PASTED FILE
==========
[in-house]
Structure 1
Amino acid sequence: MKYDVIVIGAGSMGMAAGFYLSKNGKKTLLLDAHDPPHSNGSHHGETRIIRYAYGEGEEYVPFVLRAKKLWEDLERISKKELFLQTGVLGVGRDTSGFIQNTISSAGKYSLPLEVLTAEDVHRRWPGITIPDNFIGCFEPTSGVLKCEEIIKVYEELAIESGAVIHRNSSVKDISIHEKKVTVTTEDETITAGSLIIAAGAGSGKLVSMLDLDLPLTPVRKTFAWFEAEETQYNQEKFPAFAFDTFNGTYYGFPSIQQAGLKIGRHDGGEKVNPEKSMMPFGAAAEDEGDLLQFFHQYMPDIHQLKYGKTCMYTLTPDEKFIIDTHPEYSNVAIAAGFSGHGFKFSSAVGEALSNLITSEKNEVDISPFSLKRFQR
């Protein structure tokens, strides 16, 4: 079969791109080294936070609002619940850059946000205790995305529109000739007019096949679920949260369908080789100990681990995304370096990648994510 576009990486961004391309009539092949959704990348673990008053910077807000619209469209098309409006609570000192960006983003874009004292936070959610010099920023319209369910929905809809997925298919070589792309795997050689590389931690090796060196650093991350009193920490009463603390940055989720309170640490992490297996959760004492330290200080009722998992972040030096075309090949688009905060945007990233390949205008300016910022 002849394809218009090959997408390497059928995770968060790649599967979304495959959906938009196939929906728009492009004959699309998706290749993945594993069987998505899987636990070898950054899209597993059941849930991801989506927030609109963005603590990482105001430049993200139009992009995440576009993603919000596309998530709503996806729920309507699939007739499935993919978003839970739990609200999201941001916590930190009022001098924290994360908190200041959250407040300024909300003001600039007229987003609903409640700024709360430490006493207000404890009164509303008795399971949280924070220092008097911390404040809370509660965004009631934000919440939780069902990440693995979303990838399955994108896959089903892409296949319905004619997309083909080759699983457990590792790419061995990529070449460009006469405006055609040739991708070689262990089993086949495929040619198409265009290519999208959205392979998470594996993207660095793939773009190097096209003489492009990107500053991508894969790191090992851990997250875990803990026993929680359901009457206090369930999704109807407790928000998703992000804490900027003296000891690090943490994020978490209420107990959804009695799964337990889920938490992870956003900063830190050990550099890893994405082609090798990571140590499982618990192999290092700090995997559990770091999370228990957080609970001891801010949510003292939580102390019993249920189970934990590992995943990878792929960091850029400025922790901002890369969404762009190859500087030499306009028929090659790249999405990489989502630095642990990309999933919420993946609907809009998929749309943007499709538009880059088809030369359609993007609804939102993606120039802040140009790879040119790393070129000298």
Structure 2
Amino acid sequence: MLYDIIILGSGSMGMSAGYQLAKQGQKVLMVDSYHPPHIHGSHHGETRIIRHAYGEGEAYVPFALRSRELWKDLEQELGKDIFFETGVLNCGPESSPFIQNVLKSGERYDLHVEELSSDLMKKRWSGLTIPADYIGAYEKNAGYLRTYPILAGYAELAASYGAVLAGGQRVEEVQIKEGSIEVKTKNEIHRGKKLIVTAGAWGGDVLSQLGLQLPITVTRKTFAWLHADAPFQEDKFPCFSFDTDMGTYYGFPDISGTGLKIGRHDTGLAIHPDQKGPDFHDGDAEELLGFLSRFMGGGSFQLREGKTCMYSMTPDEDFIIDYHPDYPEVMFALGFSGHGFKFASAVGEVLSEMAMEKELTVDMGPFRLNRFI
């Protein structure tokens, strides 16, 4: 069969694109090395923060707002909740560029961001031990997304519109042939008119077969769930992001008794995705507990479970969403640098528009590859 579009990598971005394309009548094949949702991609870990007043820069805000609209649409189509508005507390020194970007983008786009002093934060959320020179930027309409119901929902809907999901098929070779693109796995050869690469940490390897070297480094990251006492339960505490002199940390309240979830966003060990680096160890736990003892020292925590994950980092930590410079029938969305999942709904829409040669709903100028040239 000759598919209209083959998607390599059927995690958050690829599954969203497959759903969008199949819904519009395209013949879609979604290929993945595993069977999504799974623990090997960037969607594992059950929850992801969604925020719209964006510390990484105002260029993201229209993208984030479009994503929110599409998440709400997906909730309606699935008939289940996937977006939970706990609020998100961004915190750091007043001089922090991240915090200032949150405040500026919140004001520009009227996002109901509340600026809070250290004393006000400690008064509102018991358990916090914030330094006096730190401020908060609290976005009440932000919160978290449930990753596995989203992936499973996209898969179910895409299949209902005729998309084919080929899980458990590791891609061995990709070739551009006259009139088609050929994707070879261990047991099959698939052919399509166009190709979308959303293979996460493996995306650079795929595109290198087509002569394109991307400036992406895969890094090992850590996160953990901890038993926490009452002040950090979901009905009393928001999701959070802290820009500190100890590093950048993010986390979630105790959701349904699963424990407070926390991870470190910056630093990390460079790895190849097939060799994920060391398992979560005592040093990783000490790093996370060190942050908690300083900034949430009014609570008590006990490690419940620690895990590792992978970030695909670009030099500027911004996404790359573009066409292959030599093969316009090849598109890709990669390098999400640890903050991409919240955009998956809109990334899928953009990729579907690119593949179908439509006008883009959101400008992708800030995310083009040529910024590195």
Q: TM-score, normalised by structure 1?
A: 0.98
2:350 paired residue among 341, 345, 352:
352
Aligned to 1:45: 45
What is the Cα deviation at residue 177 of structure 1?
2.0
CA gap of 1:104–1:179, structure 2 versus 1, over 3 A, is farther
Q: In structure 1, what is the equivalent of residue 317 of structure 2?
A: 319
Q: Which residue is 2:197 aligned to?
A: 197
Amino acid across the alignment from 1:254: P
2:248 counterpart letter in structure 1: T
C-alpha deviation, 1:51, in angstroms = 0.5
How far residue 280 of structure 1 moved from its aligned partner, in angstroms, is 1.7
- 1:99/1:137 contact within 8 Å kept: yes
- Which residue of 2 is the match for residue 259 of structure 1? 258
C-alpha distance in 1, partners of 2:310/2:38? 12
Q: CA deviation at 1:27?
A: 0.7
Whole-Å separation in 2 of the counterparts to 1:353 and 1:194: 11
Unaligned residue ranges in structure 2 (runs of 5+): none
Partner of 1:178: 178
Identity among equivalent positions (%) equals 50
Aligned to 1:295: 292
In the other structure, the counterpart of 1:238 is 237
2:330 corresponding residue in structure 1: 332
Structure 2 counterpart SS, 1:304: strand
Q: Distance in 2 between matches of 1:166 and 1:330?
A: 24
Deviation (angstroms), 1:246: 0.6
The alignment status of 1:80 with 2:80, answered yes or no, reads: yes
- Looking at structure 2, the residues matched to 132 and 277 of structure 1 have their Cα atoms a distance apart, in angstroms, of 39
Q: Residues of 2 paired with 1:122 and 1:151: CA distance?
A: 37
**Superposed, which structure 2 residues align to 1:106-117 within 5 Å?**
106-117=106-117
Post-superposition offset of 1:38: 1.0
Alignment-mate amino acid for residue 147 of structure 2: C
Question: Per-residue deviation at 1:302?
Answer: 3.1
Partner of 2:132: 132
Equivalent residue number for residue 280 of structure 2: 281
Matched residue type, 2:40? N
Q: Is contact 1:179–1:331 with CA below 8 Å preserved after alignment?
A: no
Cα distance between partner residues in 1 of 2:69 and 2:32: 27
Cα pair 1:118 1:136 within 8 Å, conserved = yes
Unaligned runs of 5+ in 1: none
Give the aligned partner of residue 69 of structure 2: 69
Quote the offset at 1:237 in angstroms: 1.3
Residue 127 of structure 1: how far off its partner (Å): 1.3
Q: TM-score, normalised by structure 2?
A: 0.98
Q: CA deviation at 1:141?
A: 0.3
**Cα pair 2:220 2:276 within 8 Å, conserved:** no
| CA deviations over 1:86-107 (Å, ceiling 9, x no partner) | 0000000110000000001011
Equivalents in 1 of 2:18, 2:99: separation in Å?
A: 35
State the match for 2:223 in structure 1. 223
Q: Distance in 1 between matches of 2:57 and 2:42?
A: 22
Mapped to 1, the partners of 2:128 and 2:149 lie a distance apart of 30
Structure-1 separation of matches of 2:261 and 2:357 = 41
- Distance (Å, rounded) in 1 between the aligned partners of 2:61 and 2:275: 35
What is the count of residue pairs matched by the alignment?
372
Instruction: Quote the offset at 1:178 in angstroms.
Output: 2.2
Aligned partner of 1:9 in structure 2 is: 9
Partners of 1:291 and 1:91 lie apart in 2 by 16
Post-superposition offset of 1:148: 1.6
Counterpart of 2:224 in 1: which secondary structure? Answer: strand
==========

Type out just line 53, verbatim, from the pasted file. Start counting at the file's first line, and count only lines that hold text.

Q: Is contact 1:179–1:331 with CA below 8 Å preserved after alignment?